This weekend is a crapshoot from where I sit. Balls should fly out of the park, but who knows? I’ll be tuned in for the games in any case … unless things get so far out of hand I have to Clete to save my own BP from spiking.

    • Dennis Westrick

      Yankee hater since they beat our Redlegs in the 1961 World Series! Hoping to win 2 out of 3! As much as I detest walks, I’m OK with them walking Judge every AB!

    • Earmbrister

      Grew up in Northern Jersey and became a fan in the early 70s. I also had to run contrary to the Yankee loving masses, though if memory serves they weren’t all that good in the early 70s.

      Every team in MLB could use more pitching, but I like our immediate future as opposed to the NYYs and the Cards (the two teams I despise the most).

      Couldn’t help but laugh in response to the crying that the Yankees work at a disadvantage because they can’t do teardowns. I’ll light a candle for them the next time I go to church.

      Let’s take 2 of 3 like last year, or sweep them like in ‘76!

  3. Old-school

    Reds have some big time series coming up at home and I hope they win and sell tickets against the D”#%* yankees and cards and the brewers +

    Ces 3-3 tonight and its apparent AAA pitching is bad. Not so much anymore is CES ready for MLB but is AAA pitching so bad its hindering development

    AAA pitching is bad across a 6 game series against the same team . Might be time to bring guys up to acclimate to mlb as AAA pitching isnt close to MLB anymore . New schedule of 6 games in a row exposes pitching weaknesses across a AAA team. Unintended consequences

  4. BK

    Really nice read. My favorite quote is, “The Yankees never have the luxury of starting over.” Well, there you have it … Red’s fans have the “luxury” of living through rebuilds! We are truly a fortunate bunch.

    • David

      The expectations of the fan base, plus the TV network (is it still the YES network?) compel Yankees Top Men to play this money game every year.
      Their general minor league development is not that great. They have great PR, but their prospects are not that impressive.
      Anthony Volpe? I would rather have Matt McClain now, with EDLC in the wings. EDLC will likely be a “generational” type player, like Mike Trout or Ken Griffey Jr. And he probably won’t be with the Reds for his whole career, and actually may end up being a Yankee someday. Or a Dodger. Or something.
      Money, a lot of money, can fix a lot of things. The Yankees have won more World Series than any other team, and it was money that made that possible. But the game has changed, and player evaluations are more sophisticated now. And drafting demands that teams pay players per the allotted draft “slot” money. So some of the traditional Yankee advantages have been minimized.
      So sad! But outside of Greater NYC, a lot of America loathes the Yankees.

  5. Rednat

    I don’t know Richard. forget playoff and world series appearances. Let’s just look at regular season totals. Since 2000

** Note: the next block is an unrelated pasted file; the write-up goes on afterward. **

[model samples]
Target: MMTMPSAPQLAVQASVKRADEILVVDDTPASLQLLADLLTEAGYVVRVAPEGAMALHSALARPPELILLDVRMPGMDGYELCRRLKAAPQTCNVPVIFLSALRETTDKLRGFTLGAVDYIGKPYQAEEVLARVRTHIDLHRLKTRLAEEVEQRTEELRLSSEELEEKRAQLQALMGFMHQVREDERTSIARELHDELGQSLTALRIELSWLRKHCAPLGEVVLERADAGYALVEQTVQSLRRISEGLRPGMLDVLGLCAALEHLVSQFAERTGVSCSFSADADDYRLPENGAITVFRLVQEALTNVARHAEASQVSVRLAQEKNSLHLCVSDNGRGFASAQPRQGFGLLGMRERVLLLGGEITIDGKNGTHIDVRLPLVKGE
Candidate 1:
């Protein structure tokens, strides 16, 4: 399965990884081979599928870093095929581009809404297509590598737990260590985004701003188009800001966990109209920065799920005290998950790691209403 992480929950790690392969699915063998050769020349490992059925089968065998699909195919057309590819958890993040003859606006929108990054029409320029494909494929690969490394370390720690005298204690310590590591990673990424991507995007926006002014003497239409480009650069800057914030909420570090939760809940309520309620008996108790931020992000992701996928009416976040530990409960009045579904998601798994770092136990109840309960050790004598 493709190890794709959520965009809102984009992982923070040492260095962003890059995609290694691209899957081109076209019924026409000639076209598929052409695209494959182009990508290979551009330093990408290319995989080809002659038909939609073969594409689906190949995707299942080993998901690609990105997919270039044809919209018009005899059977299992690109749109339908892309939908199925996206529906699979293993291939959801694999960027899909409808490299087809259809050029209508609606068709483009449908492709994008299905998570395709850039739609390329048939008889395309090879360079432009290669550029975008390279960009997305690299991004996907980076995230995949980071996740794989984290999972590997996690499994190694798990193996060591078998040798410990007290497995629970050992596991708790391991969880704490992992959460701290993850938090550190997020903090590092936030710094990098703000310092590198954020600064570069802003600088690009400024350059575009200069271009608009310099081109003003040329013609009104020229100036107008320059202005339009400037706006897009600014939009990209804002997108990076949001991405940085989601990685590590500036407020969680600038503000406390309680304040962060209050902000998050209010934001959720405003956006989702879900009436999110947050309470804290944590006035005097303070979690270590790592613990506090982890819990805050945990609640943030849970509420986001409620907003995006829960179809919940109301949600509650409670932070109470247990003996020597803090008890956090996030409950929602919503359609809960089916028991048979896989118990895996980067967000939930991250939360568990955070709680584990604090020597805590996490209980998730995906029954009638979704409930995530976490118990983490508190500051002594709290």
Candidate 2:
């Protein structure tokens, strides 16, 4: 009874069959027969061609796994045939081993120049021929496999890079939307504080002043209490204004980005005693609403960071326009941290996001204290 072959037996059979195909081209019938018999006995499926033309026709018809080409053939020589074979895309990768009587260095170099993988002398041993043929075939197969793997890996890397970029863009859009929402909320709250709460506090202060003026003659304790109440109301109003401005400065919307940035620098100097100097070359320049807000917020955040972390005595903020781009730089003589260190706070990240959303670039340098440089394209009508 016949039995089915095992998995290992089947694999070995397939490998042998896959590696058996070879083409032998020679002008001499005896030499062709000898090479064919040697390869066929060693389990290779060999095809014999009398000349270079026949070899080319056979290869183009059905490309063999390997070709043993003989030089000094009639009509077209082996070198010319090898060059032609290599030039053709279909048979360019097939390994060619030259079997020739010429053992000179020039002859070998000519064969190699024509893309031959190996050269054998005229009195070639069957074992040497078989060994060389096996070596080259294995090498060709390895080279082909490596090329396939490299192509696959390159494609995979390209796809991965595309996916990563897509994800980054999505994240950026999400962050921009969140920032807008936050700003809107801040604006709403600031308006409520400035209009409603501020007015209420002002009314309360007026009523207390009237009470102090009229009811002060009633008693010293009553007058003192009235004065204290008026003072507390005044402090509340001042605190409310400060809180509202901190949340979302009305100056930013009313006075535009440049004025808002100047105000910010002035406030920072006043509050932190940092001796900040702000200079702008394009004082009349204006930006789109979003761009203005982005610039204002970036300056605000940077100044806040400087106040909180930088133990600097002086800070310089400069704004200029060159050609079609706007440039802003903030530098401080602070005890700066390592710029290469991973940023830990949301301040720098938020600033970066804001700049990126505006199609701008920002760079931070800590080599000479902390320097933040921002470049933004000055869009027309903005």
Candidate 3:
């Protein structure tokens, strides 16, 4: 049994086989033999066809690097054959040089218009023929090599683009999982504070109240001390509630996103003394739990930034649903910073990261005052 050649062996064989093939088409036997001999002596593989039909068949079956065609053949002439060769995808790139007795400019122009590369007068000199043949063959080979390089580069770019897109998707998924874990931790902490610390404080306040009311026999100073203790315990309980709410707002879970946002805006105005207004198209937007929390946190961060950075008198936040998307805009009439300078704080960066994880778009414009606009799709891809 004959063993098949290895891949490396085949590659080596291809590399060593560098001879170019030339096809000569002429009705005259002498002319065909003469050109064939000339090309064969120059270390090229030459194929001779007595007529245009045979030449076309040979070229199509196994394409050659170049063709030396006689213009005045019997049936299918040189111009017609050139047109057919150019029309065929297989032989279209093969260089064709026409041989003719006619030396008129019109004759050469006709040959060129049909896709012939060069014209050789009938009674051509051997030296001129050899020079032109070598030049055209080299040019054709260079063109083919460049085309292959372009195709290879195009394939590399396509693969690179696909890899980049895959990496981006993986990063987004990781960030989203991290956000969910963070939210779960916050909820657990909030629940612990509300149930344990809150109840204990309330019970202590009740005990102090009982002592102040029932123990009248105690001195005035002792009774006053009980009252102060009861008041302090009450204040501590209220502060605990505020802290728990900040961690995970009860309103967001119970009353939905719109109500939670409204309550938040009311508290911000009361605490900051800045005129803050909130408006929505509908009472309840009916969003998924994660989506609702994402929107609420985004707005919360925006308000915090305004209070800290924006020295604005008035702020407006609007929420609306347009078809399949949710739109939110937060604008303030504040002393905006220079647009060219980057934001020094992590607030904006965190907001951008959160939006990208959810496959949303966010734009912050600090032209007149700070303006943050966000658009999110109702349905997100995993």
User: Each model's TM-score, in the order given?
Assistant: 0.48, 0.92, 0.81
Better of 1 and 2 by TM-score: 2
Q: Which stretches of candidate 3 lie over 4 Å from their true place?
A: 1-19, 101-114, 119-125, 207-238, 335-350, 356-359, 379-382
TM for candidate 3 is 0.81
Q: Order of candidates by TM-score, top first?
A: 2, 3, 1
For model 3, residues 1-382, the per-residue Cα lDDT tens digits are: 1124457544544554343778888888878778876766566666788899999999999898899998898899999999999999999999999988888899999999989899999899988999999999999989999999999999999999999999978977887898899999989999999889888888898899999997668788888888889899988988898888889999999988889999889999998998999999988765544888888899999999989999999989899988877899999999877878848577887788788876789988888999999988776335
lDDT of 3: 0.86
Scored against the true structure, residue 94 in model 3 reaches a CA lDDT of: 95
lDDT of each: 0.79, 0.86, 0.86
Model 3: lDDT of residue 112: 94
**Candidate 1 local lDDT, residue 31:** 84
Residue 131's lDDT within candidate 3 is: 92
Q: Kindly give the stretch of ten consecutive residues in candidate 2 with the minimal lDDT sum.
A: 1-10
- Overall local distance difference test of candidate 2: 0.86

the yankees record is 2135- 1530 (58%)
    the reds record is 1721- 1946 (47%)
    that is a huge disparity over nearly a quarter of a century now. In my mind it calls into question the legitimacy of major league baseball right now. I mean, with the new scheduling we will play the Yankees 30 times in the next decade. what is the over under on reds win total for the decade? 3?…4? I mean this is bordering on absurdity. what role to teams like the reds play at this point. what is the purpose of us playing the yankees really?

    i live in Indiana and try to get to one game per series in Cincy during the year. But for this series , forget it. I don’t want to be outnumbered 3 to 1 by a bunch of ” new yawkers” yelling” LETS GO YANKEES”. THE FIRST time the yanks came to town it was cute to see all the Yankee fans down there. 15 years later it is just down right depressing

    • TR

      Play the games. A new day is coming for the Reds. For memories, I’ll remember 1976.

    • David

      The winning percentage disparity is a very interesting point.

      This is what MORE money can do. Give the Yankees a good enough team to have a winning year almost (?) every year. But it can’t guarantee they will catch lightening in a bottle and get into and win the World Series. Giancarlo Stanton is a great example. He had a couple of really impressive years with the Marlins, who gave him a big contract, which they could not afford. But the Yankees could. So they took him on.
      And now, he is not still the player that they thought he would always be.
      And…that happens a lot in baseball.

      If I had the Yankees resources, I would scour the country and the Latin American countries for the best potential young pitching talent, and stuff my minor leagues with as much young talent as possible, and see what develops. Pitching wins games.
      Home runs, etc., are exciting, but pitching wins. They paid Aaron Judge a huge amount of money, but they will come to regret that money spent, too, someday.

  6. Mike Adams

    No big deal. This isn’t the Yankees of old.
    Just another team the Reds need to win 2 out of 3 against.
    More interested in the Brewers and Cards games.
    I do hate visiting teams having more fans and cheering louder than Cincinnati.

    • Rednat

      yes. i hate this too. relatively new phenomenon. I don’t remember many visiting fans at riverfront or Crosley

  7. Mark Moore

    If any of you are AARP members, I highly recommend reading the article by Bob Costas from this month’s “Bulletin”. He talks about his first ever visit to the old Yankee Stadium (1959, 7-years-old, with his father) and shares some fantastic memories. The size of the playing field was immense. Really a great read and I’m pretty sure it will be made public after about another month as opposed to member-exclusive. He even gives a nod to Crosley Field.

  8. MIredfan

    Another fantastic column Richard. Very insightful, intelligent read.
    So wait, are you saying the Reds aren’t the only team with bad luck and questionable FO moves? Misery loves company. But I’d still rather be the Reds, who are least doing it on a budget. Its more admirable. Now if only they could repeat Tampa Bay’s success…….
    The NY spending sprees make them the ire of fans, and it’s always enjoyable when it blows up in their face. Ditto Mets and Padres.
    Keep up the great work Richard.